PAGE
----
Category: Parents as Advocates
Schools are focused on teaching left-brain auditory learners and our right-brain visual kids are not getting what they need to succeed. My book, Being Visual, helps parents better understand their visual tactile child and shares specifics strategies to increase their success in school.
I recently watched a few episodes of the new Netflix series, Tidying Up, with Marie Kondo. I’m loving it while feeling overwhelmed by it. Her methods have the family literally touch and sort through EVERYTHING in their home. Watching them do a whole house might make organizing your kid’s room look possible.
As your kids get older, they work more independently, so you may not think talking with the teachers is important, but because they work more independently, finding out what’s happening is even more important, especially for visual and ADD students.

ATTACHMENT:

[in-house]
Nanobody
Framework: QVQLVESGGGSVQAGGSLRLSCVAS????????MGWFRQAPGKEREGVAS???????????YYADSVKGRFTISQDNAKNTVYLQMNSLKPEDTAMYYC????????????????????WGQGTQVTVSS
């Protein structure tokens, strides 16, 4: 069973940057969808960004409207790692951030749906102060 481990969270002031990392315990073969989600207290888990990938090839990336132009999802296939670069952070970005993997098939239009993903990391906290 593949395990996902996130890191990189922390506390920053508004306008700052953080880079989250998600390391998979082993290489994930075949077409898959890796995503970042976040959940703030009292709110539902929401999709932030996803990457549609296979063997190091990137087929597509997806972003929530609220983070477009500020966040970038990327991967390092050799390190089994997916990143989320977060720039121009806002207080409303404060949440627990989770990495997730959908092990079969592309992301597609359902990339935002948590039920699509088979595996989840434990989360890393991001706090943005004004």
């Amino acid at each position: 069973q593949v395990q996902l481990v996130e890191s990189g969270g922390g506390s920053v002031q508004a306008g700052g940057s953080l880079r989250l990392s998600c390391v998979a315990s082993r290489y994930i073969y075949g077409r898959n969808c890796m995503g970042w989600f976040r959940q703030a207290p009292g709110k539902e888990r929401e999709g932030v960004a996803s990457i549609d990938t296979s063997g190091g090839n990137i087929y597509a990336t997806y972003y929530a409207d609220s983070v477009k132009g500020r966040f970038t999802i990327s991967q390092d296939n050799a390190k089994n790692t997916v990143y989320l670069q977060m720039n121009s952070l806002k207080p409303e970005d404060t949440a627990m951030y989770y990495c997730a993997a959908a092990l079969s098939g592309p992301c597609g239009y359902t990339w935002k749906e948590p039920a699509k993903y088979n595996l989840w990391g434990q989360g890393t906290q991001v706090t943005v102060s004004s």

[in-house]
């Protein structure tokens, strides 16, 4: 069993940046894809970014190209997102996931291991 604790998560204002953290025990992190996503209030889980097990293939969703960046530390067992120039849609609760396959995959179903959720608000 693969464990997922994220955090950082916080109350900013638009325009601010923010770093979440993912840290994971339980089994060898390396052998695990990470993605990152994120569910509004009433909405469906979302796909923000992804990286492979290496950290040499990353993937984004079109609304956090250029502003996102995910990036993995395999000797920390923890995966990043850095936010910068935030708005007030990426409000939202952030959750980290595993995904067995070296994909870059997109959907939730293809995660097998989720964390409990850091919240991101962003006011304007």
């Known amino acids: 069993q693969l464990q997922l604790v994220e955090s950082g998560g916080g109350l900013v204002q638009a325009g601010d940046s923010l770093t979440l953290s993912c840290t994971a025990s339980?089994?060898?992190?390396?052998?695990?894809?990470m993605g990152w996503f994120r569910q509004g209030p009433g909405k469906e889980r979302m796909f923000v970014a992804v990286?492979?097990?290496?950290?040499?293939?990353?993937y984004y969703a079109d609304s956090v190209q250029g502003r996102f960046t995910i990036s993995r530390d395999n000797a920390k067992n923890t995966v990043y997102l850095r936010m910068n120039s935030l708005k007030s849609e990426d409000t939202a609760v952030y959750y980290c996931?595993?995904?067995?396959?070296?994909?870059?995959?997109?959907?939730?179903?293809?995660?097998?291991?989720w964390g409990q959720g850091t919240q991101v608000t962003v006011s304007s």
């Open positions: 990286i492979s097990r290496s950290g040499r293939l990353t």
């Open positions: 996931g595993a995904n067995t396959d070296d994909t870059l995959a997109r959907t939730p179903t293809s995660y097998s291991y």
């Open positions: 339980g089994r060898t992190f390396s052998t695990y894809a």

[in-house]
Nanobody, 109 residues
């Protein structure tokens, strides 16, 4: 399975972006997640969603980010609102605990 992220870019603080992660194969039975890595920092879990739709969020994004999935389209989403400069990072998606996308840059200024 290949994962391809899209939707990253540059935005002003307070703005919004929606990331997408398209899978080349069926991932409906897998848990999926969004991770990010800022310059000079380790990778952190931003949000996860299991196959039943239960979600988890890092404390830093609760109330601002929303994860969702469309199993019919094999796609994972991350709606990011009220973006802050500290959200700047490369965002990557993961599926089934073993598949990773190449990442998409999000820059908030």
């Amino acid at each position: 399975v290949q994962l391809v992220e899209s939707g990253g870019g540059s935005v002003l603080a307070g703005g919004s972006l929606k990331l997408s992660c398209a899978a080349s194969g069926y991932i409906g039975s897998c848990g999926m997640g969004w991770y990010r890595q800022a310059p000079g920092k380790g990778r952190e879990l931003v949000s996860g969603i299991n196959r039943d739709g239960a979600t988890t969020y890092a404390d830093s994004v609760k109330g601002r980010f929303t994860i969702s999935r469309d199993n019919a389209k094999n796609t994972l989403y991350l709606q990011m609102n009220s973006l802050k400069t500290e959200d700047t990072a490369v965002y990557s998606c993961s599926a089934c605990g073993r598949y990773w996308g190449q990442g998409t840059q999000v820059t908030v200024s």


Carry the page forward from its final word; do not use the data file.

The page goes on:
It’s conference time at many of our schools and I want to encourage you to think of them in a new way, especially if you have a visual learner or child with ADD or ADHD. The teacher’s feedback on how your child is doing in the classroom is very important to hear, but there also needs to be a conversation on who your child is as a visual learner.
If your child is struggling with focus, testing and some academic work, there is no understanding, no work around, no assistance for them as visual learners. But if your child is unfocused, distracted, struggling academically, and diagnosed with ADD or ADHD, help is available in the form of a 504 learning plan.
Many families turn to extra curricular activities to provide what their kids need more of. After school enrichment programs can give these learners the things they’re missing out on during regular school hours. But how do you choose the right one for your child?